Toronto is a multi-cultural city, and I have got a chance to share some experiences with different people who have different backgrounds as the city is the home of many immigrants. The frequent question that people ask here is "Why do you leave your country?" ... I could not explain the massive problems in Eritrea within few minutes. My usual short answer is: "We don't have a constitutional government."
With surprise the person asked me, "What do you mean?"
Me: "Eritrea has no any constitution at all."
He: "How the country is governed?''
Me: "By imagination"
He: "How do you elect your president?"
Me: "No election. The president is in power for almost 24 years"
He: "How do the people participate in their political affairs?"
Me: "No political participation; we have one political party; we have one TV; we have one radio; we have one website; and we have one newspaper ..."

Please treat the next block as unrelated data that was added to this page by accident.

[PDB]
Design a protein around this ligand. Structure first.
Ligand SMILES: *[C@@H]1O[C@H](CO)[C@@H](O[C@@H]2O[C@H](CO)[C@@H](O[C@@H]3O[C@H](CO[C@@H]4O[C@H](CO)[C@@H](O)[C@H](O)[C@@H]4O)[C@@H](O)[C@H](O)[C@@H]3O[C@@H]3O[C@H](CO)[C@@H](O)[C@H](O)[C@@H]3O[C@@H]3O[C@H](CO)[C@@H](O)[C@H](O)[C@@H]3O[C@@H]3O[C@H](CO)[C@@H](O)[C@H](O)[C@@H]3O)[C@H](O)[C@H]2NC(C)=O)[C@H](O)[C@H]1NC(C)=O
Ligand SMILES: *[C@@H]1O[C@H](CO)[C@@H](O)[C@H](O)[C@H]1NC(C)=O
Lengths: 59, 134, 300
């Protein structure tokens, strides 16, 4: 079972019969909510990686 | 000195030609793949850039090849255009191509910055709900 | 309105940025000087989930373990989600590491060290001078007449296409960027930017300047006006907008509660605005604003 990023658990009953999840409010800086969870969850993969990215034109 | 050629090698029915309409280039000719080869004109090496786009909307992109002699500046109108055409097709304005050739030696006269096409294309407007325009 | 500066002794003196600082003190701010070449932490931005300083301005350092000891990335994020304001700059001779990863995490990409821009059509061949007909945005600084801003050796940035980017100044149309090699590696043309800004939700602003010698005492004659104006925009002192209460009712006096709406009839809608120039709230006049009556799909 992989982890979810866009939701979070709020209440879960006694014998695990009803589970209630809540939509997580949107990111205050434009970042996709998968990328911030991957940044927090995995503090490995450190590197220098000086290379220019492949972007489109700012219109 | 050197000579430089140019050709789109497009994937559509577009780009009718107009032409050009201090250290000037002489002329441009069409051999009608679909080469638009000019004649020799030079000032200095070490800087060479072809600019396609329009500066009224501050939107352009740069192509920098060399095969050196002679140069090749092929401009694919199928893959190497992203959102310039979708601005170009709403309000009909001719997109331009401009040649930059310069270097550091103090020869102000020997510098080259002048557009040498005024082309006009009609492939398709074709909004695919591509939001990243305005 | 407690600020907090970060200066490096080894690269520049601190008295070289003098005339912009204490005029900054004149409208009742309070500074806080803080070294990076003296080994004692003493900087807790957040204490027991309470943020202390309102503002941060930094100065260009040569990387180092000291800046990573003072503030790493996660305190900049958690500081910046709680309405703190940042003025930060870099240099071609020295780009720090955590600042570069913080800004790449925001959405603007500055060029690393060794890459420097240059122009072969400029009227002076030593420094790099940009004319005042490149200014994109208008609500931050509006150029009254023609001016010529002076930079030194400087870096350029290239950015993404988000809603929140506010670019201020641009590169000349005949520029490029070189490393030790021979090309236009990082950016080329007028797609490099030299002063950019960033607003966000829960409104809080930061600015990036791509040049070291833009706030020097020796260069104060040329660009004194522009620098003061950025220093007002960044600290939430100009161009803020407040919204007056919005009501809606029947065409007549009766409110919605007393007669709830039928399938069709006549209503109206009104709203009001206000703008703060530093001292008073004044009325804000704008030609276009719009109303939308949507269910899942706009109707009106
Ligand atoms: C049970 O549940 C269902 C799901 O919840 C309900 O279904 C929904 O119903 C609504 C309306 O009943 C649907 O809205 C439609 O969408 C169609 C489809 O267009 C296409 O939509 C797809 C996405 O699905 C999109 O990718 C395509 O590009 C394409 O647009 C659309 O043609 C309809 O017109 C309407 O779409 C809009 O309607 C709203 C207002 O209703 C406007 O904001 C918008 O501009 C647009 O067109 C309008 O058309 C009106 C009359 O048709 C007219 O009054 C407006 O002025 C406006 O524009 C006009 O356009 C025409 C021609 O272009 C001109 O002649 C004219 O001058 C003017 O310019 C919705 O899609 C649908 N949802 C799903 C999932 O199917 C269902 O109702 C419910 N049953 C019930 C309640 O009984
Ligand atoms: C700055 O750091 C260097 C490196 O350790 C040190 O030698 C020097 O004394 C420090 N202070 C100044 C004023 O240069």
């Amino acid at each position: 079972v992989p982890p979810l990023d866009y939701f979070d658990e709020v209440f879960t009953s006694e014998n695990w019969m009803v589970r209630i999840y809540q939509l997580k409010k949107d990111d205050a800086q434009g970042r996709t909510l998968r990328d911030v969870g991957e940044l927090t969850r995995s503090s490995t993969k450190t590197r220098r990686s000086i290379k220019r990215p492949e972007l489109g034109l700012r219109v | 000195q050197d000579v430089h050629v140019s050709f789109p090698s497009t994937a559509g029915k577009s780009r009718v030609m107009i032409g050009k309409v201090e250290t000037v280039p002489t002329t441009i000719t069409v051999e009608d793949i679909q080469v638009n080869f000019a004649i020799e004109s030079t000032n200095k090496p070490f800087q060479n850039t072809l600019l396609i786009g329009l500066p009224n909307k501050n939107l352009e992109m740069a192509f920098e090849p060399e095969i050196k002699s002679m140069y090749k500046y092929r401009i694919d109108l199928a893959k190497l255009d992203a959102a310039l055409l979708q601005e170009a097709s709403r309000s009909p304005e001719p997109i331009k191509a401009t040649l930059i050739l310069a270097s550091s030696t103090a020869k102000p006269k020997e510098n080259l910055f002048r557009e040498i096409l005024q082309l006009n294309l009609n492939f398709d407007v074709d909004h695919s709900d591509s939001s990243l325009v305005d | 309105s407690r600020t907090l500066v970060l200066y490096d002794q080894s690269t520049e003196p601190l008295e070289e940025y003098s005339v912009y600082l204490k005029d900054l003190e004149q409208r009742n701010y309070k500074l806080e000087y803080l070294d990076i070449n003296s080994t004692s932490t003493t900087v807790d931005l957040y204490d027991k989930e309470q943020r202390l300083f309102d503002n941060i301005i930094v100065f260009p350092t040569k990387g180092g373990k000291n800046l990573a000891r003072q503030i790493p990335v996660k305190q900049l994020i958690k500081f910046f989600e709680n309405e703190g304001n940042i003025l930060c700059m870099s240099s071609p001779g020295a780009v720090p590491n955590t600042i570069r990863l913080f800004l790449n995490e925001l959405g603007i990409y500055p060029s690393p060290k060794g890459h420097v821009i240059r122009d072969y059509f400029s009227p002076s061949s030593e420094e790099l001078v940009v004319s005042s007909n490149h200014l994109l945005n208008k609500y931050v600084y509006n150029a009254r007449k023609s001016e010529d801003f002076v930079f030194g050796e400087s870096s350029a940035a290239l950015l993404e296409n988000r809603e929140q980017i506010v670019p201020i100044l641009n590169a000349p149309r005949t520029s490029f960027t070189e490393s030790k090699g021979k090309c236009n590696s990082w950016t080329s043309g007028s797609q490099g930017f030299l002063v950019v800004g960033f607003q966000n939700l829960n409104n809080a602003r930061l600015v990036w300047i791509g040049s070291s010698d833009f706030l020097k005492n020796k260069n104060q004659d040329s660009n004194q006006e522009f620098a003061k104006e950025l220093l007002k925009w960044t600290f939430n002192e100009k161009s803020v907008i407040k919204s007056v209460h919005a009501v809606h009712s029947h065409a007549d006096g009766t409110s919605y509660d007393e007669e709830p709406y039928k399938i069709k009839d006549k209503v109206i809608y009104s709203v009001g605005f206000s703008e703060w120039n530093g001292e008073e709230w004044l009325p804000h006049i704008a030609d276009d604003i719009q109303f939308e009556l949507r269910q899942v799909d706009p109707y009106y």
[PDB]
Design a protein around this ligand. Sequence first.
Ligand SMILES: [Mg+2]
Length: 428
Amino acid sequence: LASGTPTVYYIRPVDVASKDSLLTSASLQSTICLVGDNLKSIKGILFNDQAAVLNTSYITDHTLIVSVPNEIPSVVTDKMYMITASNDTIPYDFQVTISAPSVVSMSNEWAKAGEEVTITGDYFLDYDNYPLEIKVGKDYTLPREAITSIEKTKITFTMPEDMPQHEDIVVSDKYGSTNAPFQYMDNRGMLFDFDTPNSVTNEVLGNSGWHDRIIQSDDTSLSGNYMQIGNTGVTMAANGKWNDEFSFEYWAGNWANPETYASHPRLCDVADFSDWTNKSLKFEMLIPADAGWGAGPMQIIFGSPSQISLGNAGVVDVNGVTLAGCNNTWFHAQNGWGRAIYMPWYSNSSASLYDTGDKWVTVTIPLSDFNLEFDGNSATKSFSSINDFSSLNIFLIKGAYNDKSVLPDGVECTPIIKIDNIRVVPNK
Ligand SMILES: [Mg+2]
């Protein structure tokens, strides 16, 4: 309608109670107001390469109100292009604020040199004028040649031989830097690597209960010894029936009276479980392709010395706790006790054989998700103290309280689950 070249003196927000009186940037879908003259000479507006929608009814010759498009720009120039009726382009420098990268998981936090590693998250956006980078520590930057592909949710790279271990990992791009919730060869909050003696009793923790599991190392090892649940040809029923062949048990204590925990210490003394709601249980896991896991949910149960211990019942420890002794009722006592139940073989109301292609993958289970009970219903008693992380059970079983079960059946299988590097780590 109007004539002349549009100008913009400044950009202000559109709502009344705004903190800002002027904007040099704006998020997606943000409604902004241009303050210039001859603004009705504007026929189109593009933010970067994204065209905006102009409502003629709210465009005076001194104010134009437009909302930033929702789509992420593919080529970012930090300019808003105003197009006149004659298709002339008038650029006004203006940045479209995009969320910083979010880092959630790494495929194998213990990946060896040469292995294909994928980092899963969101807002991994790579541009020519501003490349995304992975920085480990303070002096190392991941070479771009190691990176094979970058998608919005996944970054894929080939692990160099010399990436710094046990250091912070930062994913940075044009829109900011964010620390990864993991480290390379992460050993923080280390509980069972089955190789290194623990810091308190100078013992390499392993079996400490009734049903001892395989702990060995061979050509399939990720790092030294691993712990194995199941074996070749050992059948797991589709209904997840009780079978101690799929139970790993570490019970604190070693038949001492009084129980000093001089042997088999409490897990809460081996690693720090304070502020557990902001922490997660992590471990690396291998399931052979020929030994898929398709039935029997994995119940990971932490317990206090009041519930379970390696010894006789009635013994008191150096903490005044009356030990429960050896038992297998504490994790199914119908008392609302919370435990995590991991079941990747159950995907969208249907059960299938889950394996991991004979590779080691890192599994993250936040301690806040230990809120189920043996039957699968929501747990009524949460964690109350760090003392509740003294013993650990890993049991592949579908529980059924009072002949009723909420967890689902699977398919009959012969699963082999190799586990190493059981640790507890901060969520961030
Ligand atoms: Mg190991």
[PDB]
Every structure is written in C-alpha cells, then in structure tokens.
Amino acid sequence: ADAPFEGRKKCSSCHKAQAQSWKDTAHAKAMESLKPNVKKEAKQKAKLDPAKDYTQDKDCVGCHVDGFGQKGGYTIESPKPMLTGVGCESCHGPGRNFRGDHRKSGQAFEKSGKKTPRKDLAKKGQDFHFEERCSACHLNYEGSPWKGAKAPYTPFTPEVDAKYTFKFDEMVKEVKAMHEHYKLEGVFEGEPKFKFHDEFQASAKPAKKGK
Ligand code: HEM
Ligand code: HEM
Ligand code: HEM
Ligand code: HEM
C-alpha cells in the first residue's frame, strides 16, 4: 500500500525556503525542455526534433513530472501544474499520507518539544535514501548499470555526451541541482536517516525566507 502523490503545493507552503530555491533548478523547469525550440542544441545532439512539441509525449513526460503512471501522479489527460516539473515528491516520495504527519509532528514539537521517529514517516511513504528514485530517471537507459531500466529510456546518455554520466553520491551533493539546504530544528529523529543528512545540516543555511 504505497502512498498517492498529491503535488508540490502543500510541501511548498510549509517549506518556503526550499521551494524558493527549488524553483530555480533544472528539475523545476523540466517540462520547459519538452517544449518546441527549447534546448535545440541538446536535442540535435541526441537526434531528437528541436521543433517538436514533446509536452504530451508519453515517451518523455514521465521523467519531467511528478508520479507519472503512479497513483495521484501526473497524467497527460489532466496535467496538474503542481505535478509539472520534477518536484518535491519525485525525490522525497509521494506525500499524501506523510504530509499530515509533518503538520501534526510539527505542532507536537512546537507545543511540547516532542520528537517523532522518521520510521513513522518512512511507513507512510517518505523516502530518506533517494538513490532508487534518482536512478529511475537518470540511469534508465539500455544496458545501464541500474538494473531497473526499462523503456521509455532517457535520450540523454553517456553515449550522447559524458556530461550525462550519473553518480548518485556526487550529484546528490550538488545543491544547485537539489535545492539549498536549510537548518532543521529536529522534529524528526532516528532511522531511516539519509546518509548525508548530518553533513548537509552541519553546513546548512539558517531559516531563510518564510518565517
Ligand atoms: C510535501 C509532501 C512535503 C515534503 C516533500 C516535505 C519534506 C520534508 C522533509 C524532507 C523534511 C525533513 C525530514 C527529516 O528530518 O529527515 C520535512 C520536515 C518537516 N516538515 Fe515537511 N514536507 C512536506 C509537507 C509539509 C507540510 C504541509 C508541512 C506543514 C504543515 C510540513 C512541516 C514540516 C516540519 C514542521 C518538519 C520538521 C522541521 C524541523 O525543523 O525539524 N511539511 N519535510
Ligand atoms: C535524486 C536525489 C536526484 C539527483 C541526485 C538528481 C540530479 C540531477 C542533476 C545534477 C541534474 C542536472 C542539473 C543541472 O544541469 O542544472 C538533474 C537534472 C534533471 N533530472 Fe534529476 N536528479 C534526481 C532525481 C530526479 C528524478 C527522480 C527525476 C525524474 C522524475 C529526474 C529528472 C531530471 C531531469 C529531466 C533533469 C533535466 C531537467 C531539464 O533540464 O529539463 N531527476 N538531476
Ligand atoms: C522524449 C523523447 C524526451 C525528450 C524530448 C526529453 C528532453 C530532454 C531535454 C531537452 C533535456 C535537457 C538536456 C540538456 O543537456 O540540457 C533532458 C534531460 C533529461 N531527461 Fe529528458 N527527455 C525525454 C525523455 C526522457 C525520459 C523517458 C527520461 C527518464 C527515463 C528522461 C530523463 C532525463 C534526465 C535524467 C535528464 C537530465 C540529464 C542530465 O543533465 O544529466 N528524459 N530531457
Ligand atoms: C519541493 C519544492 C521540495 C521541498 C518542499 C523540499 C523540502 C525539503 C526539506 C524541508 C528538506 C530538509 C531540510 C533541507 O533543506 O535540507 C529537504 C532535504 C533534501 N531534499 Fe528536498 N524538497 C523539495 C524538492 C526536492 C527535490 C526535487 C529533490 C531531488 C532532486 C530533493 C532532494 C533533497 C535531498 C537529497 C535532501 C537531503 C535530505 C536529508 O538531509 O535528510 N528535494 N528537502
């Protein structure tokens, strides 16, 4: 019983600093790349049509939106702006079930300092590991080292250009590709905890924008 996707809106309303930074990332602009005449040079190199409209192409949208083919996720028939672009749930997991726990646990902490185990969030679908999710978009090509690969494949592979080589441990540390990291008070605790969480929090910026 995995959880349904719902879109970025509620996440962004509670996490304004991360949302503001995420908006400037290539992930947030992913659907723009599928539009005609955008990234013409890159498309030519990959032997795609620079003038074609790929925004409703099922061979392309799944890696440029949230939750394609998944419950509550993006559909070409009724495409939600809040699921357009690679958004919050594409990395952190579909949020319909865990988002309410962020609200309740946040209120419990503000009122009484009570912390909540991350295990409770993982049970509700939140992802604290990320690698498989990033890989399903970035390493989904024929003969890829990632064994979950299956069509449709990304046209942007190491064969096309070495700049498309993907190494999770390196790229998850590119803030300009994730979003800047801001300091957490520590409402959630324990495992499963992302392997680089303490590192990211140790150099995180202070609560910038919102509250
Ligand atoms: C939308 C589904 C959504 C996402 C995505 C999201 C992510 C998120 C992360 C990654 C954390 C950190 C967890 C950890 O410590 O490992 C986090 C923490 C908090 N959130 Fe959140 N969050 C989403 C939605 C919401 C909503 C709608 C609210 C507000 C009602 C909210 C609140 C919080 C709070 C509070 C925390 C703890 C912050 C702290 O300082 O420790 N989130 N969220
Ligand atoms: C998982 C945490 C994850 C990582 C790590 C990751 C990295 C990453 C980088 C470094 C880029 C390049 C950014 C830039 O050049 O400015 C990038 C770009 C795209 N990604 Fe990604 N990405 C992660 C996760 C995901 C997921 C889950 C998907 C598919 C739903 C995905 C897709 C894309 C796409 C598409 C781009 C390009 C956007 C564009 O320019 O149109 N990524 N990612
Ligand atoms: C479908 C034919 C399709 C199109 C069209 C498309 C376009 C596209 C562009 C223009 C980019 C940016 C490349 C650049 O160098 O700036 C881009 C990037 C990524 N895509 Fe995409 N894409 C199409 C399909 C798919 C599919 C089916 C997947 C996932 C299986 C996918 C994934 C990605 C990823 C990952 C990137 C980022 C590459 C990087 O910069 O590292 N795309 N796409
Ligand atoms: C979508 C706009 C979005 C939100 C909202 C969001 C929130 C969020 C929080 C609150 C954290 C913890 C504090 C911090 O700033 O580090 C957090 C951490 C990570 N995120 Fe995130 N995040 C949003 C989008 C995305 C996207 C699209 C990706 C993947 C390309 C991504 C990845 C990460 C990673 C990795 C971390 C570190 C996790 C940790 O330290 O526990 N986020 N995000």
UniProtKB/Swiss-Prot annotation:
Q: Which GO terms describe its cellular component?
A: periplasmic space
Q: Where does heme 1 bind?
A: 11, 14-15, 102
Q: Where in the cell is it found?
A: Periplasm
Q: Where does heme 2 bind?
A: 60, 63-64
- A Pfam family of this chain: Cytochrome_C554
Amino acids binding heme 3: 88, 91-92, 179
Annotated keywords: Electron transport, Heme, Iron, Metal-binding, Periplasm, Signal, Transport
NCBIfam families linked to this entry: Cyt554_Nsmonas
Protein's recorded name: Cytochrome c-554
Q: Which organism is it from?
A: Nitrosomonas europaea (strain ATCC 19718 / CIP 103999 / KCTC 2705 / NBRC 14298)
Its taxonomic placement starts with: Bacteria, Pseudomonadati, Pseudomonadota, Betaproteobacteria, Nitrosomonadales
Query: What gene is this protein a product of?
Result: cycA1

He: "You must be joking"
Me: "I am not kidding. It is true."
He: "So guys what are you doing."
Me: "We are looking for political transformation in the country."
He: "It is good because you have at least a common cause."
Me: "It is true, but we have failed to establish a unified struggle for justice..."
He: "Do the people like your 'King'?"
Me: I started laughing at him. "Yeah some people love our 'king', because we could not appear in a better way to click the heart of the majority. Our struggle is being showered by narrow interests such as ethnicity, religion, region and personal/group interests."
He: "What about your nation, and why don't you democratize the state?"
Me: "We are not mature enough to think at nation level. We echo for democracy, but we could not internalize the values of democracy. We cry for absence of constitution, but we do not need to be governed by rules of law. We complain the government for not tolerating differences, but we never take differences as an asset. This is what we are... How can justice fall from the sky like a 'mana'?"
He: "Enlighten your people!"